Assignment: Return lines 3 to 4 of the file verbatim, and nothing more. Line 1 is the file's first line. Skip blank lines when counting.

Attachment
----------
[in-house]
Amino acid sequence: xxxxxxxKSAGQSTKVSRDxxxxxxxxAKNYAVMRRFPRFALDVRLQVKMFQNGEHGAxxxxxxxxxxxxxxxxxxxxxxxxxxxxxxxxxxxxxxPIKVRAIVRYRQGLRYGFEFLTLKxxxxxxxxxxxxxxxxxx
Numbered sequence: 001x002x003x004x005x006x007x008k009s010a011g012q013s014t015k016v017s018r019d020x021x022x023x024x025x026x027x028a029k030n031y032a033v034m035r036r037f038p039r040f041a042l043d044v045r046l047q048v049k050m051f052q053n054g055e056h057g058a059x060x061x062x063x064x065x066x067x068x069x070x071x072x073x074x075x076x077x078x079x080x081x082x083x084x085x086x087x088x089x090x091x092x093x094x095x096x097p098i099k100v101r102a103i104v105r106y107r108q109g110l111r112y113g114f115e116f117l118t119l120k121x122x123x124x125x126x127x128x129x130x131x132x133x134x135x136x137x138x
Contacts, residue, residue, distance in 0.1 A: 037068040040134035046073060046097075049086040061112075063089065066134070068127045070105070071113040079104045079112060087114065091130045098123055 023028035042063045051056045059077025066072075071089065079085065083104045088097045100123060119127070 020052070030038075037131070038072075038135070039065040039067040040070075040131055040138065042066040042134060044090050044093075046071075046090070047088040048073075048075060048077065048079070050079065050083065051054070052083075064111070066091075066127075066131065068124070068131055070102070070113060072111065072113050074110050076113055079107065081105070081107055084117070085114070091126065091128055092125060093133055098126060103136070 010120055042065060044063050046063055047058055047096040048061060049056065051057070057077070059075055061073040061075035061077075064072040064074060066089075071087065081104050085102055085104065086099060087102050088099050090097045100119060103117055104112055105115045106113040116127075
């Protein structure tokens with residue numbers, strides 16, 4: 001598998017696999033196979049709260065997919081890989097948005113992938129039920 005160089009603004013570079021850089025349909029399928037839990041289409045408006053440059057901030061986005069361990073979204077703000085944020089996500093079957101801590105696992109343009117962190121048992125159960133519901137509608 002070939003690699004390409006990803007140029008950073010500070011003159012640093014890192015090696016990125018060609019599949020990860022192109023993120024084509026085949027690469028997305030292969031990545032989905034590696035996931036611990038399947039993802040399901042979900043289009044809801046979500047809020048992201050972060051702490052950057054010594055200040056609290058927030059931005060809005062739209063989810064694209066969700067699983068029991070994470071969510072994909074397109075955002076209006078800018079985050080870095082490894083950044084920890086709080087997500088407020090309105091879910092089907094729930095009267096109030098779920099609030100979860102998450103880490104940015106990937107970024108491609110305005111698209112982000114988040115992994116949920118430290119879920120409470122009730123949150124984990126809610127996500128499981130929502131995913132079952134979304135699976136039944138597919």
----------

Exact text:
Numbered sequence: 001x002x003x004x005x006x007x008k009s010a011g012q013s014t015k016v017s018r019d020x021x022x023x024x025x026x027x028a029k030n031y032a033v034m035r036r037f038p039r040f041a042l043d044v045r046l047q048v049k050m051f052q053n054g055e056h057g058a059x060x061x062x063x064x065x066x067x068x069x070x071x072x073x074x075x076x077x078x079x080x081x082x083x084x085x086x087x088x089x090x091x092x093x094x095x096x097p098i099k100v101r102a103i104v105r106y107r108q109g110l111r112y113g114f115e116f117l118t119l120k121x122x123x124x125x126x127x128x129x130x131x132x133x134x135x136x137x138x
Contacts, residue, residue, distance in 0.1 A: 037068040040134035046073060046097075049086040061112075063089065066134070068127045070105070071113040079104045079112060087114065091130045098123055 023028035042063045051056045059077025066072075071089065079085065083104045088097045100123060119127070 020052070030038075037131070038072075038135070039065040039067040040070075040131055040138065042066040042134060044090050044093075046071075046090070047088040048073075048075060048077065048079070050079065050083065051054070052083075064111070066091075066127075066131065068124070068131055070102070070113060072111065072113050074110050076113055079107065081105070081107055084117070085114070091126065091128055092125060093133055098126060103136070 010120055042065060044063050046063055047058055047096040048061060049056065051057070057077070059075055061073040061075035061077075064072040064074060066089075071087065081104050085102055085104065086099060087102050088099050090097045100119060103117055104112055105115045106113040116127075